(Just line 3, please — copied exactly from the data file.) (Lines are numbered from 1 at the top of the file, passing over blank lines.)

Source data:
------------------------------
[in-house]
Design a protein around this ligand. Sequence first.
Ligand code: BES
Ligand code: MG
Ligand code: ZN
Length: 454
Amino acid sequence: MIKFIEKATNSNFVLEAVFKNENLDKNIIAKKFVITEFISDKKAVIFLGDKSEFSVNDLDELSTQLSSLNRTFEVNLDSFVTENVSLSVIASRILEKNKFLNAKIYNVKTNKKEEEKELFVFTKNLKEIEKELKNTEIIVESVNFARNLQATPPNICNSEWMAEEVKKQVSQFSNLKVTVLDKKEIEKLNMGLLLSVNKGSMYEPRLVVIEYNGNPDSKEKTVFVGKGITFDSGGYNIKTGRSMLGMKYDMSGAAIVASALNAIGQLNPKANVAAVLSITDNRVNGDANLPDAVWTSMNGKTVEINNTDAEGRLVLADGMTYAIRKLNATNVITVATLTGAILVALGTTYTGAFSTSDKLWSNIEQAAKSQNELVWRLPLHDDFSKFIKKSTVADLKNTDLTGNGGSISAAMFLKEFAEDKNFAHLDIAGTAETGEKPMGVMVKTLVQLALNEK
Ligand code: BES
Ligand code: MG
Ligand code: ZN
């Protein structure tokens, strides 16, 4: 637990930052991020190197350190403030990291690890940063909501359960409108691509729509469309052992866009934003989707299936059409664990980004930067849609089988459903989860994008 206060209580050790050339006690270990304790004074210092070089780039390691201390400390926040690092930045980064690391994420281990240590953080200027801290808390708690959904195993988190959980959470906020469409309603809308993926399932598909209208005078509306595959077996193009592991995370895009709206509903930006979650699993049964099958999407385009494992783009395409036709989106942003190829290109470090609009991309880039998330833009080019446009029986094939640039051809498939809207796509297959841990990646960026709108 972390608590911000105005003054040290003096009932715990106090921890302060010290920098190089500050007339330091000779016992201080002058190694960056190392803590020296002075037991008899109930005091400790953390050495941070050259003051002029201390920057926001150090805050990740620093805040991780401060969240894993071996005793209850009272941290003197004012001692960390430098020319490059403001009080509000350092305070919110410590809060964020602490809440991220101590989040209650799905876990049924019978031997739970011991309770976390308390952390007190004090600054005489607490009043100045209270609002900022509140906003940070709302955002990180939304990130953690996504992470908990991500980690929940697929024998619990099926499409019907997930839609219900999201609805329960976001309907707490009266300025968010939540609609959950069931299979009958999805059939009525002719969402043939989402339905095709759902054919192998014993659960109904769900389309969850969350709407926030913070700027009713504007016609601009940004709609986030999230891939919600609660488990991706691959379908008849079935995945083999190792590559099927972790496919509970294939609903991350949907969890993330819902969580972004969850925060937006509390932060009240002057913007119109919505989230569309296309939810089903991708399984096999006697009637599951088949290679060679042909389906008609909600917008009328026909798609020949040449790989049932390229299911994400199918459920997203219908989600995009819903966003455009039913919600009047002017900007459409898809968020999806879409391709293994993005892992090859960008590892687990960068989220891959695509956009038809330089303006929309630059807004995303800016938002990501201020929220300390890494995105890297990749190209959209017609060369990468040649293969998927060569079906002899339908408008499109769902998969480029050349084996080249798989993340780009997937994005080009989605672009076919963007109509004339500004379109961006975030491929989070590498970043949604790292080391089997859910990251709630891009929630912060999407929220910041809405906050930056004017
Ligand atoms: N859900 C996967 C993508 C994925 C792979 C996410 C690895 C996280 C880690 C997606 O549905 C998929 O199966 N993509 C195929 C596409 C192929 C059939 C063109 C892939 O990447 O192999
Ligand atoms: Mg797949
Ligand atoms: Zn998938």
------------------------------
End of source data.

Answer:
Ligand code: BES